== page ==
Search Results For:
Rasheed Bander Al-Khayoun |
R.B. Al-Khayoun, a native of the Iraq Marshes, is a researcher and writer.
Anna Sophia Bachmann |
Anna Sophia Bachmann has worked with NGOs in Iraq.
Maude Barlow |
Maude Barlow is the national chairperson of The Council of Canadians, and the co-founder of the Blue Planet Project.
Bill Baue |
Bill Baue is co-director of Sea Change Media and co-host and producer of Sea Change Radio.
Joanne Bauer |
Joanne Bauer is a specialist in environmental issues, human rights, international policy and Asia. She is senior researcher and New York representative for the Business & Human Rights Resource Centre, where she also manages a project on HIV/AIDS.
Lester R. Brown |
Lester Brown is president and founder of the Earth Policy Institute and founder and former president of Worldwatch Institute.
Elizabeth R. DeSombre |
Elizabeth R. DeSombre is Frost Associate Professor of Environmental Studies and associate professor of political science at Wellesley College.
Joseph Dellapenna |
Joseph Dellapenna is professor of law at Villanova School of Law.
International treaties, including Conferences of the Parties, have been signed and global warming countermeasures are being proposed all over the world. Resources on this page are drawn from the Uehiro-Carnegie-Oxford Conference, "Global Warming: Environmental Ethics and Its Practice", which took place at Carnegie Council in New York in October 2015, with an international group of participants.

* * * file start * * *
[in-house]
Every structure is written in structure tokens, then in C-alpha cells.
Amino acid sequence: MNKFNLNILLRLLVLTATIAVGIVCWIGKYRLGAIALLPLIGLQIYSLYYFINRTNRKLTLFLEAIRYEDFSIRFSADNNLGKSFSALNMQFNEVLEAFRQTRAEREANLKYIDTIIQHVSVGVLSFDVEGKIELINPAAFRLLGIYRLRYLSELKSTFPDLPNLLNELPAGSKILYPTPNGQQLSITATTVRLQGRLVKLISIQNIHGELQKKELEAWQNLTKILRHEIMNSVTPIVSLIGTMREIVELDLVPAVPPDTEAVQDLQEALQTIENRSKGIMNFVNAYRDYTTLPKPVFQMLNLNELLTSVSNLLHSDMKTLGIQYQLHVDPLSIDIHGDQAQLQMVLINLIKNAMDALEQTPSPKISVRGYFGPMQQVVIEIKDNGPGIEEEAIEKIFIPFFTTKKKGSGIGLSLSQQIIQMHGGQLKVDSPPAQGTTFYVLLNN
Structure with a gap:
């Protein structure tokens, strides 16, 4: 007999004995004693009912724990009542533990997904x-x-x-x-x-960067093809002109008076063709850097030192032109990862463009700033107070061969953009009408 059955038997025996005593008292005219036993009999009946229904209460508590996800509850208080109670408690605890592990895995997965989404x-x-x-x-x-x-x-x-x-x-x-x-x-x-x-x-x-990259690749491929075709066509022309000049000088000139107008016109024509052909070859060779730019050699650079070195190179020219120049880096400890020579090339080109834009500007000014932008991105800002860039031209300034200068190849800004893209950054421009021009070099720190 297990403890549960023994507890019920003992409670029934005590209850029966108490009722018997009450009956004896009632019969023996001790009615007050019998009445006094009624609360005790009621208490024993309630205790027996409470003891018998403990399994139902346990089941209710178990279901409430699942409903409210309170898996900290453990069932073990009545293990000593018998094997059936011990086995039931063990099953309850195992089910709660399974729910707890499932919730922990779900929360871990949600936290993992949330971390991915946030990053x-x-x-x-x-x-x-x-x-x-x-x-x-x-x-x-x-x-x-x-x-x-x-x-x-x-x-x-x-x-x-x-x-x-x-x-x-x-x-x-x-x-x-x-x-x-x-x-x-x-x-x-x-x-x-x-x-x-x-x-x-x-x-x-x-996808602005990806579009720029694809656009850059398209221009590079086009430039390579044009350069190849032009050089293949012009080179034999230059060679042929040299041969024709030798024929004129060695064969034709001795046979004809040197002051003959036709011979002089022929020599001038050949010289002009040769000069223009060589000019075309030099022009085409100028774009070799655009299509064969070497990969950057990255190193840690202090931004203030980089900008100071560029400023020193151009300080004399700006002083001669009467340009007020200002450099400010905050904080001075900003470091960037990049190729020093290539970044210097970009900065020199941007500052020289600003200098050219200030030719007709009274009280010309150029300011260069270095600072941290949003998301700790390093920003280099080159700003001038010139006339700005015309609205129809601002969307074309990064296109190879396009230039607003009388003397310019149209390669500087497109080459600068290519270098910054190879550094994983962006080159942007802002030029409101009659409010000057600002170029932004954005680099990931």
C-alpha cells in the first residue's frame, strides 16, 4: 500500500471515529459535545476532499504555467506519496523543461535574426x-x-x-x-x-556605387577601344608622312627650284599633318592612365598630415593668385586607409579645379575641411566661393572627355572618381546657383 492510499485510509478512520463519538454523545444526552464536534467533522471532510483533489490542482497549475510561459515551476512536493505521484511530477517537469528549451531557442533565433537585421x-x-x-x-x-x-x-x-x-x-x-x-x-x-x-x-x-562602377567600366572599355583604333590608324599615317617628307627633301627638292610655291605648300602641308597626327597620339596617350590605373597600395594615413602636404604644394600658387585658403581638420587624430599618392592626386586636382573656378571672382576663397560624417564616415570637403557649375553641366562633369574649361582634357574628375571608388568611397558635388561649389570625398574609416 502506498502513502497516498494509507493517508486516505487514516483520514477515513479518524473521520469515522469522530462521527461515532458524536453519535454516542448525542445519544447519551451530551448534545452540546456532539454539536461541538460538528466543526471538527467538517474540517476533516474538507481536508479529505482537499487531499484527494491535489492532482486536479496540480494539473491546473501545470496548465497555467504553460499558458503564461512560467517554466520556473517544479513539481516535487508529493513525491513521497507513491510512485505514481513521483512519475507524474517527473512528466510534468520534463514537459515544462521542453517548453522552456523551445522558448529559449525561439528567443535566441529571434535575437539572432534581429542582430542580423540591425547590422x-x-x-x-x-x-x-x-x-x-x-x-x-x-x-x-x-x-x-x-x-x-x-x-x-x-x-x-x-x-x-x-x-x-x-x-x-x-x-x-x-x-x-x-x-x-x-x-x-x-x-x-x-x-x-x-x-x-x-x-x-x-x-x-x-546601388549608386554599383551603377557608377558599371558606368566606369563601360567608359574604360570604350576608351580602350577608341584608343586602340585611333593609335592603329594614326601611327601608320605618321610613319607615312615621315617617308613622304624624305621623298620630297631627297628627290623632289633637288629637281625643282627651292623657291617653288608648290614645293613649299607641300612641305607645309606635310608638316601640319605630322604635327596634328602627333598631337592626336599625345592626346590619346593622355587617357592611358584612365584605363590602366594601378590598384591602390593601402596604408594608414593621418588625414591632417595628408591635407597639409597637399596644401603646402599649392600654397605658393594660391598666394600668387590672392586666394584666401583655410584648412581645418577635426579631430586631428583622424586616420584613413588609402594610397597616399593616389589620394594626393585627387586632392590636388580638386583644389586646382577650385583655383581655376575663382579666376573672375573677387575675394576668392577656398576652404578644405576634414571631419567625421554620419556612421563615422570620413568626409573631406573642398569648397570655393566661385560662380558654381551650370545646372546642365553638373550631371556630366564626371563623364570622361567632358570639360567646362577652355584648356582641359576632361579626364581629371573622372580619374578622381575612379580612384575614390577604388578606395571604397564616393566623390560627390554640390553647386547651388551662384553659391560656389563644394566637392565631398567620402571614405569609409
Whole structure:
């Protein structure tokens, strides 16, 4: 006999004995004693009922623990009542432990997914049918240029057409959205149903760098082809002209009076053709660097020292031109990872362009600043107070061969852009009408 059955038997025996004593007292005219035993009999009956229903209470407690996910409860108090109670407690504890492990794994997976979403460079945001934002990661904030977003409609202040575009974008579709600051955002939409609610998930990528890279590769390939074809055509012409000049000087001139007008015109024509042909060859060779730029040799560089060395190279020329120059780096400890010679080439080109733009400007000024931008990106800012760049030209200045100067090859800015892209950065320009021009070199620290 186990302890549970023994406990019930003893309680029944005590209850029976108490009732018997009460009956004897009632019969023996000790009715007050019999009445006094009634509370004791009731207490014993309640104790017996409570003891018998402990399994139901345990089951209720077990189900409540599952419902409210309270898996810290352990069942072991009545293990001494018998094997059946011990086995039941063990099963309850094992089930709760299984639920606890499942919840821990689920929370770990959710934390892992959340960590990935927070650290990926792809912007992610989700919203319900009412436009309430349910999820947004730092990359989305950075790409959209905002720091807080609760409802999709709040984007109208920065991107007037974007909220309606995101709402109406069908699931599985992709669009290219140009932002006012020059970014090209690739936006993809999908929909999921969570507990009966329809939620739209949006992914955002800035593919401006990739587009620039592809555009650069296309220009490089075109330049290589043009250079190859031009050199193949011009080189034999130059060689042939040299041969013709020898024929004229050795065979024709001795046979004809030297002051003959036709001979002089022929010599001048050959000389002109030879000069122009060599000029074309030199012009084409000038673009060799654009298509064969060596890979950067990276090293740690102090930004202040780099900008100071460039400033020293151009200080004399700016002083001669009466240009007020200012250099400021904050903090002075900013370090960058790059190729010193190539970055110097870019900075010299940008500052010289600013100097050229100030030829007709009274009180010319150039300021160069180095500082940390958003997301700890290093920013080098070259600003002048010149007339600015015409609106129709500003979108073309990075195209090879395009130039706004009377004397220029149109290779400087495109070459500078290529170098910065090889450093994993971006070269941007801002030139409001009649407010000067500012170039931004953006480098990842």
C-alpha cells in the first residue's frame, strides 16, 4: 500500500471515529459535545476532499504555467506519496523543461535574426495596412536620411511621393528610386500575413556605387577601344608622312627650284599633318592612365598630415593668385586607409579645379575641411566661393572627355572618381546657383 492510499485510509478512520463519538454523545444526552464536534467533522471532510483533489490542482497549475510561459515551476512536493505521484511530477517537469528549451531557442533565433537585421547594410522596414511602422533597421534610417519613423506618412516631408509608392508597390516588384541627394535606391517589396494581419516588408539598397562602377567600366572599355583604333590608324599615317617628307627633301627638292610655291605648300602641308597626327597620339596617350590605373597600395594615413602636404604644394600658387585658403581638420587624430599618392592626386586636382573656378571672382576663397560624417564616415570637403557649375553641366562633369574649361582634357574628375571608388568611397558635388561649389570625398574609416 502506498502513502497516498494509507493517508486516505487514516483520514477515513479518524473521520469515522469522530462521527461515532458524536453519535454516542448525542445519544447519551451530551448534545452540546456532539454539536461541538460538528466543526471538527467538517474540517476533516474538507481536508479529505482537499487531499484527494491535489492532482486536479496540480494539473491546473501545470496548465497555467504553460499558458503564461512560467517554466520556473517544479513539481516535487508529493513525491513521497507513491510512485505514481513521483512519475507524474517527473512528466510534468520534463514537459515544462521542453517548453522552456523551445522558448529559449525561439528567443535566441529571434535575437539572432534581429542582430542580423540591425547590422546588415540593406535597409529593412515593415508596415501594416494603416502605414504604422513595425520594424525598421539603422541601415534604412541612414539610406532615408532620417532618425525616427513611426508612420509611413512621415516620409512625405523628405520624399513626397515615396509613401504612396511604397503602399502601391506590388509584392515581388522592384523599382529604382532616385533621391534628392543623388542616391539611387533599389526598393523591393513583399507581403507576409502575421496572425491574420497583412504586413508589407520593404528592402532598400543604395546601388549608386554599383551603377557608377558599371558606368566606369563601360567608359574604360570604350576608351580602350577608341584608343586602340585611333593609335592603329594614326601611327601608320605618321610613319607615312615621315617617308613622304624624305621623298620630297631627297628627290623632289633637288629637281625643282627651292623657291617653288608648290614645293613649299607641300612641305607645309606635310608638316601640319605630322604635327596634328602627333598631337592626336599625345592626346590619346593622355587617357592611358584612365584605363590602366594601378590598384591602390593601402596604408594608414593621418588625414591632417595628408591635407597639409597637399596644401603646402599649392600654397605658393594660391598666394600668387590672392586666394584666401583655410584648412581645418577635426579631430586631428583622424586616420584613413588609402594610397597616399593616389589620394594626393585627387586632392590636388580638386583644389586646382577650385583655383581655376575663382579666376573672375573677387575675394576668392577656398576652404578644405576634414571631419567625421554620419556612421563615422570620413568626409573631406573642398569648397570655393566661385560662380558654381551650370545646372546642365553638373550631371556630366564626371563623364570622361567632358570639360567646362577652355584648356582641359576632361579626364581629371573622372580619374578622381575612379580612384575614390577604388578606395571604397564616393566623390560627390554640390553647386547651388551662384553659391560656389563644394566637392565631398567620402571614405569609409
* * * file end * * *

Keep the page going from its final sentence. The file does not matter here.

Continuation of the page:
Environmental Values (1991-2002) |
This project consisted of two parts: a track two dialogue between Japanese and American negotiators and their academic advisers, involved with meetings leading up to the 1992 Earth Summit; and an international study examining values and their role in environmental policy-making in China, India, Japan and the United States.
Sidelined at the Summit: Indigenous Peoples Ignored in the 2015 Paris Climate Change Agreement | 01/25/16
It is no exaggeration to say that Indigenous Peoples are the frontline defenders in the fight against the forces perpetuating climate change. Yet despite lip-service about their importance, the richer, more powerful countries saw to it that Indigenous Peoples and their voices were largely unseen and unheard at the Paris Conference.
Pacific: Silicon Chips and Surfboards, Coral Reefs and Atom Bombs, Brutal Dictators, Fading Empires, and the Coming Collision of the World's Superpowers | 11/18/15
Master storyteller, researcher, and traveler Simon Winchester takes us on a fascinating voyage through the Pacific, tying it all together with two ethical questions: Should the Americans and the Chinese have a level playing field? And should we respect the ways of the Pacific ancients?
Riverkeeper, Defending New York's Hudson River | 11/04/15
Riverkeeper fights to protect the Hudson and the drinking water for nine million New Yorkers. Paul Gallay relates three of its success stories, offering lessons for other communities. Whether working on a local level or tackling climate change on a global one, his advice is the same: be realistic, honest, and, above all, creative and courageous.